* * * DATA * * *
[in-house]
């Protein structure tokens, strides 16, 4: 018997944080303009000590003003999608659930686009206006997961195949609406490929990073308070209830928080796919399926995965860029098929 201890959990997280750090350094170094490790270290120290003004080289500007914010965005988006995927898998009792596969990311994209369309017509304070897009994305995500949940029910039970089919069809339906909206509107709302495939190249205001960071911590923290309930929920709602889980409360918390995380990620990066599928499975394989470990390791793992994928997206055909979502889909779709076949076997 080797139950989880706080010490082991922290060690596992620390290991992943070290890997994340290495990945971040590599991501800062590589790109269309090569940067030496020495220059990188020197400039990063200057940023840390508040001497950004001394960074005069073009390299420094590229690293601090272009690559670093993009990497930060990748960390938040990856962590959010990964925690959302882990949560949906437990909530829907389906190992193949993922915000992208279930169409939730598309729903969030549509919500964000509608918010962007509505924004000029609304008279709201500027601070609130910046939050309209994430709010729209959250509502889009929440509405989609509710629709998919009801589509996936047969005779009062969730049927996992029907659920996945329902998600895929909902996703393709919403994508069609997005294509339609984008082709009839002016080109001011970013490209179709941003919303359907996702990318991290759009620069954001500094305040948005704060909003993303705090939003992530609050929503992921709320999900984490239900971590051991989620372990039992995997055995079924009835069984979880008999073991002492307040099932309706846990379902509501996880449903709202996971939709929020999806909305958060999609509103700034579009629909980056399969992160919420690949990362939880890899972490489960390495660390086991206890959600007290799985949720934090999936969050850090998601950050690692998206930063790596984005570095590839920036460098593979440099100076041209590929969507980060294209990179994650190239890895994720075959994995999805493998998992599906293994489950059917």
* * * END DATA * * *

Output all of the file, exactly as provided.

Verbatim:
[in-house]
């Protein structure tokens, strides 16, 4: 018997944080303009000590003003999608659930686009206006997961195949609406490929990073308070209830928080796919399926995965860029098929 201890959990997280750090350094170094490790270290120290003004080289500007914010965005988006995927898998009792596969990311994209369309017509304070897009994305995500949940029910039970089919069809339906909206509107709302495939190249205001960071911590923290309930929920709602889980409360918390995380990620990066599928499975394989470990390791793992994928997206055909979502889909779709076949076997 080797139950989880706080010490082991922290060690596992620390290991992943070290890997994340290495990945971040590599991501800062590589790109269309090569940067030496020495220059990188020197400039990063200057940023840390508040001497950004001394960074005069073009390299420094590229690293601090272009690559670093993009990497930060990748960390938040990856962590959010990964925690959302882990949560949906437990909530829907389906190992193949993922915000992208279930169409939730598309729903969030549509919500964000509608918010962007509505924004000029609304008279709201500027601070609130910046939050309209994430709010729209959250509502889009929440509405989609509710629709998919009801589509996936047969005779009062969730049927996992029907659920996945329902998600895929909902996703393709919403994508069609997005294509339609984008082709009839002016080109001011970013490209179709941003919303359907996702990318991290759009620069954001500094305040948005704060909003993303705090939003992530609050929503992921709320999900984490239900971590051991989620372990039992995997055995079924009835069984979880008999073991002492307040099932309706846990379902509501996880449903709202996971939709929020999806909305958060999609509103700034579009629909980056399969992160919420690949990362939880890899972490489960390495660390086991206890959600007290799985949720934090999936969050850090998601950050690692998206930063790596984005570095590839920036460098593979440099100076041209590929969507980060294209990179994650190239890895994720075959994995999805493998998992599906293994489950059917």